08 Jun 2015      |      by Carol Owens


Why EAM Software Fails to Deliver the Desired Results (And What You Can Do About It)

More than 90% of EAM software implementations are considered failures by the organizations that undertake them because the expectations of the implementations are not met in a meaningful way. However, by carefully applying these five concepts into an EAM implementation, the risk of failure is significantly reduced.


  1. Develop a detailed reference document that clarifies the specific needs and processes that must be managed by any potential EAM software package.Taking the time to create this document ahead of time serves two vital purposes. Firstly, it allows all the key decision makers for this significant purchase to get on the same page as it relates to requirements and functionality. Secondly, and perhaps more importantly, this reference document can be used as a scorecard for each EAM presentation. Instead of being wowed by bells and whistles, or conversely underwhelmed by a boring salesperson, the scorecard will act as an objective measure of each product’s applicability for the organization.

  1. Consider future needs. An EAM implementation will ideally result in a working environment that will grow and change with your organization. For this reason, it is vital to consider what changes may be coming in the next decade within the company. This will allow you the opportunity to ask some pointed questions about each potential suitor, and to better gauge long-term fit within your company.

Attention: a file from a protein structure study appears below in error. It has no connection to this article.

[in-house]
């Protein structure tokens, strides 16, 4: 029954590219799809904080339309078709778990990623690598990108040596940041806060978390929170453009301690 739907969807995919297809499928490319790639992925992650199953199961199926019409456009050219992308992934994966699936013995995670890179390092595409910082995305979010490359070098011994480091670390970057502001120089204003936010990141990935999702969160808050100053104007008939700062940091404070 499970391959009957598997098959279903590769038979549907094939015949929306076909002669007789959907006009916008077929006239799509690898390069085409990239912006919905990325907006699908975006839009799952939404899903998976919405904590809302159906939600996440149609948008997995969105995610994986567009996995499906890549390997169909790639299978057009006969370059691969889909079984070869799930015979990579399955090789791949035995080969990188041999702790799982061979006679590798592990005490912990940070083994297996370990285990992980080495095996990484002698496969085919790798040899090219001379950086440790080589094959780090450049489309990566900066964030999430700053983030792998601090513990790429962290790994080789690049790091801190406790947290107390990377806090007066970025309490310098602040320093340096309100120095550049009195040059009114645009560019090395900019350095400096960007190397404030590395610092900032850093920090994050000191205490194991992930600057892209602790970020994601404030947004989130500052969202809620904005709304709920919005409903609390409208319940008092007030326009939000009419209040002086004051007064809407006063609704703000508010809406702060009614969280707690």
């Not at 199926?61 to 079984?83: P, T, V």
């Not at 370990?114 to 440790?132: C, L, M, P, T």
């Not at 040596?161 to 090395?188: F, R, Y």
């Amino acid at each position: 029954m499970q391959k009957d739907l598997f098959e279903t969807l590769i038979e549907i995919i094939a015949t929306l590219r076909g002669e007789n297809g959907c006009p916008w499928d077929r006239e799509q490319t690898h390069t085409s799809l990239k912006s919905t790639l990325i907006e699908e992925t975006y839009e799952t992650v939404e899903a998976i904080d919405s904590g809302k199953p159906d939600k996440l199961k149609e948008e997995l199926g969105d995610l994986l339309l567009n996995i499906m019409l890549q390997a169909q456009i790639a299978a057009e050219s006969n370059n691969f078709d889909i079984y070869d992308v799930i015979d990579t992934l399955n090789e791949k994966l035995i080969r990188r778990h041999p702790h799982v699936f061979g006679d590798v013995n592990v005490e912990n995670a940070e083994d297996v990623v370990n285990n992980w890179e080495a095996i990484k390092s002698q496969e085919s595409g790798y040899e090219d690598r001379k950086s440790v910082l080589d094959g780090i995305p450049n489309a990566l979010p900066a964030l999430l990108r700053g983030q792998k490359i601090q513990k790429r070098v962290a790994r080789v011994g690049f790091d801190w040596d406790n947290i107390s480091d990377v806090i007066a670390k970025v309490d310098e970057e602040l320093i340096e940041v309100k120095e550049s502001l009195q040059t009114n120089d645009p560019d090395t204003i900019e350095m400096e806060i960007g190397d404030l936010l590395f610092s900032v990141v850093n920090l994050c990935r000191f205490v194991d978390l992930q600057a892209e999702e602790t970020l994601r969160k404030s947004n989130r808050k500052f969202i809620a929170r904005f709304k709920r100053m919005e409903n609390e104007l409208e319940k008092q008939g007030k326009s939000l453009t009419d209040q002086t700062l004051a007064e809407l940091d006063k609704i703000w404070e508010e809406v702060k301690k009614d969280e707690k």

1. Ensure clear communication with all stakeholders from beginning to end. The biggest reason an EAM implementation fails is poor communication throughout the process. Key users of the tool can become adversaries of the product, and erect barriers to avoid using it. Executives can misunderstand the cost or time involved, and grow tired of what they think is a slow build and over budget project. All of this can be avoided with targeted, appropriate messaging to all relevant parties throughout the implementation process.


  1. Prepare training resources, during and after implementation. Lack of appropriate training is another common reason an EAM implementation fails, and it is also easily avoided with proper planning. Working in conjunction with your selected vendor, develop a training strategy that encompasses initial and ongoing training, and includes the establishment of local and non-local support for ongoing needs. Of particular concern is the creation of on-site training manuals (or online manuals) that are user-friendly and intuitive, along with a plan to ensure new employees are fully trained moving forward.


  1. Define and create concrete clear user roles. Another significant problem in an EAM implementation is a lack of clarity, so that nobody is certain who is responsible for what. This can be addressed through effective communication, as mentioned above, but can also be managed through the intentional development of user roles within the system. These user roles can be limited to the tasks a given individual has the permission or responsibility to perform, and will by default provide guidance for accountability purposes.


Ensure a Successful EAM Software Implementation with DPSI


DPSI’s iMaint is a reliable and trusted EAM system with a proven track record. Many well-known organizations have been our customers, and we have been in the business for nearly thirty years. Contact us to learn more about our iMaint software package, or sign up for a free trial today.

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